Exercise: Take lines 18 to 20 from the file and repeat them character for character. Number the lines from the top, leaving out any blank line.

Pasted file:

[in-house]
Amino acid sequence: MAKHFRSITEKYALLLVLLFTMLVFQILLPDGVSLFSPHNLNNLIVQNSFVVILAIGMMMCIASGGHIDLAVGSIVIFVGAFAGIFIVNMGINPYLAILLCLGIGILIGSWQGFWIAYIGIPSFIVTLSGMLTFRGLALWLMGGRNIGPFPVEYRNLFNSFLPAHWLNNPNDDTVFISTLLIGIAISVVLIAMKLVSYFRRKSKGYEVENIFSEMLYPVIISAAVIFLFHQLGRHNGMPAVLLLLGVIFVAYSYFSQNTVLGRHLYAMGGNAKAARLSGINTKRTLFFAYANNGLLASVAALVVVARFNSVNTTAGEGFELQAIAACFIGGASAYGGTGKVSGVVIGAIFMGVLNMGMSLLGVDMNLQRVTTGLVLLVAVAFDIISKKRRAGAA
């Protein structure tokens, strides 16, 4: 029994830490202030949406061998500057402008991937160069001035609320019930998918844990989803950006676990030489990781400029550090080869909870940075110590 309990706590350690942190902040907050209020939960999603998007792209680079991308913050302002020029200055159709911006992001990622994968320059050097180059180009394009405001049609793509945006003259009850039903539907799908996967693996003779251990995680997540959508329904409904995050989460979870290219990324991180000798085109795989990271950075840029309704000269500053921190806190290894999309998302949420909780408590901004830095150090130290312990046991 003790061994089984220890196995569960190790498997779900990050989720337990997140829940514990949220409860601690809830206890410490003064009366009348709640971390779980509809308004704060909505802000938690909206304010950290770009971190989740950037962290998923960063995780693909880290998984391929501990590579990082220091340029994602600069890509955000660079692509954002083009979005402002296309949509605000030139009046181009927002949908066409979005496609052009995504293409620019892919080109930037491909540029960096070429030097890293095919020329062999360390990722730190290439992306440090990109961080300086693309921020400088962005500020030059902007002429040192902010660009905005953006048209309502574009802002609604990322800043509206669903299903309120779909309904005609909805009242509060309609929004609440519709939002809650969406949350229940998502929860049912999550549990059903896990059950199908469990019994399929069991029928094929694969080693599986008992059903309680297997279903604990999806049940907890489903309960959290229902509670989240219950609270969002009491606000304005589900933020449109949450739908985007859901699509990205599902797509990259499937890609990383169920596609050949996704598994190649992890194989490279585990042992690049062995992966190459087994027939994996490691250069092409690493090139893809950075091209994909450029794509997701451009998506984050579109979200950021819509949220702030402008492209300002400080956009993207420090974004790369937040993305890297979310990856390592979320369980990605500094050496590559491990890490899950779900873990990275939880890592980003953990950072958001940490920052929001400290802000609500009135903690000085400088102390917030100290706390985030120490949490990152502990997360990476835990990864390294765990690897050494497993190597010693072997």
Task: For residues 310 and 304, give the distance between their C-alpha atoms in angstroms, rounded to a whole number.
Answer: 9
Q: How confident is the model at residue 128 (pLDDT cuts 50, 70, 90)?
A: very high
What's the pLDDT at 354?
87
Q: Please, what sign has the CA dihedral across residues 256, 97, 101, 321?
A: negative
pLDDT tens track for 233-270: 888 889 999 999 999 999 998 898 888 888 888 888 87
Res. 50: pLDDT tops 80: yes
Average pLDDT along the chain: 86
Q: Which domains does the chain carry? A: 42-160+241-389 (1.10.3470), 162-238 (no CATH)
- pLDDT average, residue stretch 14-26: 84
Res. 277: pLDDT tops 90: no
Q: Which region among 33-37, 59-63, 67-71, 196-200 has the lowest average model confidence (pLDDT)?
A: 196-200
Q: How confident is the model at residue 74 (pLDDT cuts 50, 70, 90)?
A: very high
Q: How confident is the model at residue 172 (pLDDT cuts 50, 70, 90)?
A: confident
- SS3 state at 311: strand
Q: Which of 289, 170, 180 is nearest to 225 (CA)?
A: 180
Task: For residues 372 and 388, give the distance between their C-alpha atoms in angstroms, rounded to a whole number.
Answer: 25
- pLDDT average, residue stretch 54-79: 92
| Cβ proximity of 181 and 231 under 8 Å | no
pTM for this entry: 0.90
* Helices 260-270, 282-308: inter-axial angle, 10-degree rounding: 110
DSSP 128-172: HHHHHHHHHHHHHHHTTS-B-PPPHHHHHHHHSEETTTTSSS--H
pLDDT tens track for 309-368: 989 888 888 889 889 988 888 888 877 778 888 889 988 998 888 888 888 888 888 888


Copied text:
Q: Which region among 33-37, 59-63, 67-71, 196-200 has the lowest average model confidence (pLDDT)?
A: 196-200
Q: How confident is the model at residue 74 (pLDDT cuts 50, 70, 90)?